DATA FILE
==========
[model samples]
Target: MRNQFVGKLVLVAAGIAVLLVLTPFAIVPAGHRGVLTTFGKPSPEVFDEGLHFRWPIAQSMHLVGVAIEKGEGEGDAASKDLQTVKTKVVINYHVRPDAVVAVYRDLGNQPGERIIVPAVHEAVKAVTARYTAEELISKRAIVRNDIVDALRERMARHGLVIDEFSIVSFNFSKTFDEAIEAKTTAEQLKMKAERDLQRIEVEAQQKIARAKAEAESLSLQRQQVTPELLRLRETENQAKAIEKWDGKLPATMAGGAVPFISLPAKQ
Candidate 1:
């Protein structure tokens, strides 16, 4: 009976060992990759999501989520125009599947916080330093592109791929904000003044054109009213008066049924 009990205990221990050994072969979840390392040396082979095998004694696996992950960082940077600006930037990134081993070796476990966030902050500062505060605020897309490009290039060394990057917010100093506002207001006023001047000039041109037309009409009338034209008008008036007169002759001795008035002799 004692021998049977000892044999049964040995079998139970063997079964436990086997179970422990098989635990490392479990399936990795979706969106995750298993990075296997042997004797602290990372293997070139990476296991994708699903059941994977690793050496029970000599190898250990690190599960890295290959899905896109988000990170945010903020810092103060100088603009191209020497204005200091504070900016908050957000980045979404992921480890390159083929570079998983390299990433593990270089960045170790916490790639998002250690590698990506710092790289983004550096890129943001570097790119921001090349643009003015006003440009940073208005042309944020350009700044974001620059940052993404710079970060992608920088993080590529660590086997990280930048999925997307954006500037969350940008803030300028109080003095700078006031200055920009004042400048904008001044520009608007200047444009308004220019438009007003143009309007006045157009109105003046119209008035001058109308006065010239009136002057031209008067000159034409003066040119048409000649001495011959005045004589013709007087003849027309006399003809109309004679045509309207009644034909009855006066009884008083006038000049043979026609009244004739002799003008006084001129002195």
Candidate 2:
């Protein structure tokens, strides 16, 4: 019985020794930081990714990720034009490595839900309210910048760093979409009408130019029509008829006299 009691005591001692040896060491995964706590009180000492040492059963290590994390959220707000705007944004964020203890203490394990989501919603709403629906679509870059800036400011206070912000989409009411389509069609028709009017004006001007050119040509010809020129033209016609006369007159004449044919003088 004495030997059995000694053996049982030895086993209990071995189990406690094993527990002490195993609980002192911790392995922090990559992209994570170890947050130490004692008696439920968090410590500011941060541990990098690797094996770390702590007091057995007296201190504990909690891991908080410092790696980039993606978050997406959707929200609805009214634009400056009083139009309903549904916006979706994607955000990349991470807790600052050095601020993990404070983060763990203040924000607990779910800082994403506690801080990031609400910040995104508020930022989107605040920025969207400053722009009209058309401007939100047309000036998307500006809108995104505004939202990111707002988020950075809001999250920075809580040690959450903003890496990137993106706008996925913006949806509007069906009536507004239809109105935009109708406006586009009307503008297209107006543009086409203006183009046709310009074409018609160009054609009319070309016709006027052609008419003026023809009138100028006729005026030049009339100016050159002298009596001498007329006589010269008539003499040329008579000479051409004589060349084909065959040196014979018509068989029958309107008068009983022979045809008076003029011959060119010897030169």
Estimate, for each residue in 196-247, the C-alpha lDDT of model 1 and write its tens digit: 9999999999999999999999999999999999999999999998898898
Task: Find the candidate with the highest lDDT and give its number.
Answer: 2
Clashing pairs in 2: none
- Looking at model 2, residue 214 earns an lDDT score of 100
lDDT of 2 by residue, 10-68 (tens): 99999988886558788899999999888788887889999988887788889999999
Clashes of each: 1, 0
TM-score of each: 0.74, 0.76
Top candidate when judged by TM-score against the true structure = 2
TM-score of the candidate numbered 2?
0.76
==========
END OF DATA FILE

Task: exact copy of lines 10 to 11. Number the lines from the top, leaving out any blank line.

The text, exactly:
Clashing pairs in 2: none
- Looking at model 2, residue 214 earns an lDDT score of 100